Plaintiffs also allege numerous promotional policies with an adverse impact on women, including the lack of formal application processes or job postings for certain management positions, and the failure to “require managers to base promotion decisions . . . on job related criteria.” See, e.g., id. ¶¶ 100, 101, 119. Plaintiffs allege that in each relevant Region Wal-Mart promoted men and women at significantly different rates, and “had a lower percentage of female managers than its largest competitors.” Id. ¶¶ 107-09.

         The second part of the complaint details allegations of discriminatory treatment unique to each plaintiff. These allegations describe specific incidents when plaintiffs were passed over for promotions that went to less qualified men or learned that similarly-situated male employees made more than they did. See generally id. ¶¶ 132-312. In some cases Plaintiffs were explicitly told that this discriminatory treatment was motivated by gender. See, e.g., id. ¶¶ 197 (when plaintiff Mavi Alulquoy inquired about promotional opportunities, managers told her women should “have babies instead of lifting crates”), 271 (when Darla Harper complained about a pay disparity, her manager told her “this is why you can't be in management” and that “you females are too emotional”).

         All Plaintiffs allege they “have exhausted their administrative remedies and complied with the statutory prerequisites of Title VII by timely filing charges of discrimination.” Id. ¶ 7.

         Wal-Mart has moved to sever Plaintiffs' claims, Mot. to Sever (dkt. 17), dismiss the Complaint in part, MTD (dkt. 19), and for a stay of discovery pending resolution of the motion to dismiss, Mot. for Stay (dkt 18).


         A. Motion to Sever

         “[J]oinder is proper if (1) the plaintiffs asserted a right to relief arising out of the same transaction and occurrence and (2) some question of law or fact common to all the plaintiffs will arise in the action.” Coleman v. Quaker Oats Co., 232 F.3d 1271, 1296 (9th Cir. 2000) (emphasis in original); see also Fed.R.Civ.P. 20(a)(1). The requirements for joinder are “construed liberally in order to promote trial convenience and . . . prevent[] multiple lawsuits.” League to Save Lake Tahoe v. Tahoe Reg'l Planning Agency, 558 F.2d 914, 917 (9th Cir. 1977). Even if Rule 20's requirements are satisfied, courts must also consider whether joinder “would comport with fundamental principles of fairness or would result in prejudice to either side.” Coleman, 232 F.3d at 1296 (internal quotation marks omitted). If plaintiffs have been misjoined, their claims may be severed “as long as no substantial right will be prejudiced.” Coughlin v. Rogers, 130 F.3d 1348, 1351 (9th Cir. 1997); see Fed.R.Civ.P. 21.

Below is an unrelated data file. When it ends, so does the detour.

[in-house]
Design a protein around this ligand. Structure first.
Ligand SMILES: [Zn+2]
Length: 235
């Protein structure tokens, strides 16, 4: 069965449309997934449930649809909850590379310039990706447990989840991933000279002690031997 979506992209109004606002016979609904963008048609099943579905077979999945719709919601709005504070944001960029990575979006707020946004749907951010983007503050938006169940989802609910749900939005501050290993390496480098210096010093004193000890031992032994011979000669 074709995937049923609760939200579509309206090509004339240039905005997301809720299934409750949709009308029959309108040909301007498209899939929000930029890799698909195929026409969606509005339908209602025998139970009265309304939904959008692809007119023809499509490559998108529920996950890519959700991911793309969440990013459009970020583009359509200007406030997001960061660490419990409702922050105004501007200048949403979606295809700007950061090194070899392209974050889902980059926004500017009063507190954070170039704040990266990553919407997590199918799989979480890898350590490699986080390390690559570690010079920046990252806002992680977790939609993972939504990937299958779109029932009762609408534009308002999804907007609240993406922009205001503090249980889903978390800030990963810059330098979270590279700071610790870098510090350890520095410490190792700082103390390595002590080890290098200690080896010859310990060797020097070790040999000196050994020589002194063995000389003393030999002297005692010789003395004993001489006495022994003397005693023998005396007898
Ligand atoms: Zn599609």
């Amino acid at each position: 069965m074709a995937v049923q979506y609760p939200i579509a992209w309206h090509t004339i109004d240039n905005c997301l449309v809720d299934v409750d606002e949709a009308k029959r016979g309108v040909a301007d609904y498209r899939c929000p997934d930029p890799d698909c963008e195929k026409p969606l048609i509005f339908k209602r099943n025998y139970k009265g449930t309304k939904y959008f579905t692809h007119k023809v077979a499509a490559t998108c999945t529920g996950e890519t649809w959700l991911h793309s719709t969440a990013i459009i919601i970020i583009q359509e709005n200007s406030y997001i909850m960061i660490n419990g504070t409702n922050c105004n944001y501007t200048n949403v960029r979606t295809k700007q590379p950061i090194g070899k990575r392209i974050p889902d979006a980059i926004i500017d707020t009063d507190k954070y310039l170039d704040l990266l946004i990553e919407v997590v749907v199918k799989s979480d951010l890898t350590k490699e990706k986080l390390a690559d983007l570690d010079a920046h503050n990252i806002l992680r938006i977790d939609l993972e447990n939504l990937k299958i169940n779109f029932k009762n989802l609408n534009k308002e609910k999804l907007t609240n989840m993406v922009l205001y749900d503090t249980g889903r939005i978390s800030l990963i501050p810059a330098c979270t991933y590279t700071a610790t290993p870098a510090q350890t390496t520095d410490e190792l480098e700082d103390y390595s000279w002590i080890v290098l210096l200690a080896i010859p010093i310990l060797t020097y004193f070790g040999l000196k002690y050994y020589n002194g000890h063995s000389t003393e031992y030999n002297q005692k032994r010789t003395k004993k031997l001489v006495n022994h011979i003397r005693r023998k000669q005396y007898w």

B. Motion to Dismiss in Part

         A complaint that fails to state a claim upon which relief may be granted must be dismissed under Federal Rule of Civil Procedure 12(b)(6). A complaint fails to state a claim when it asserts no cognizable legal theory or fails to allege sufficient facts to support a cognizable legal theory. Conservation Force v. Salazar, 646 F.3d 1240, 1242 (9th Cir. 2011). In deciding the motion to dismiss, the Court “must presume all factual allegations of the complaint to be true and draw all reasonable inferences in favor of the nonmoving party.” Usher v. City of Los Angeles, 828 F.2d 556, 561 (9th Cir. 1987).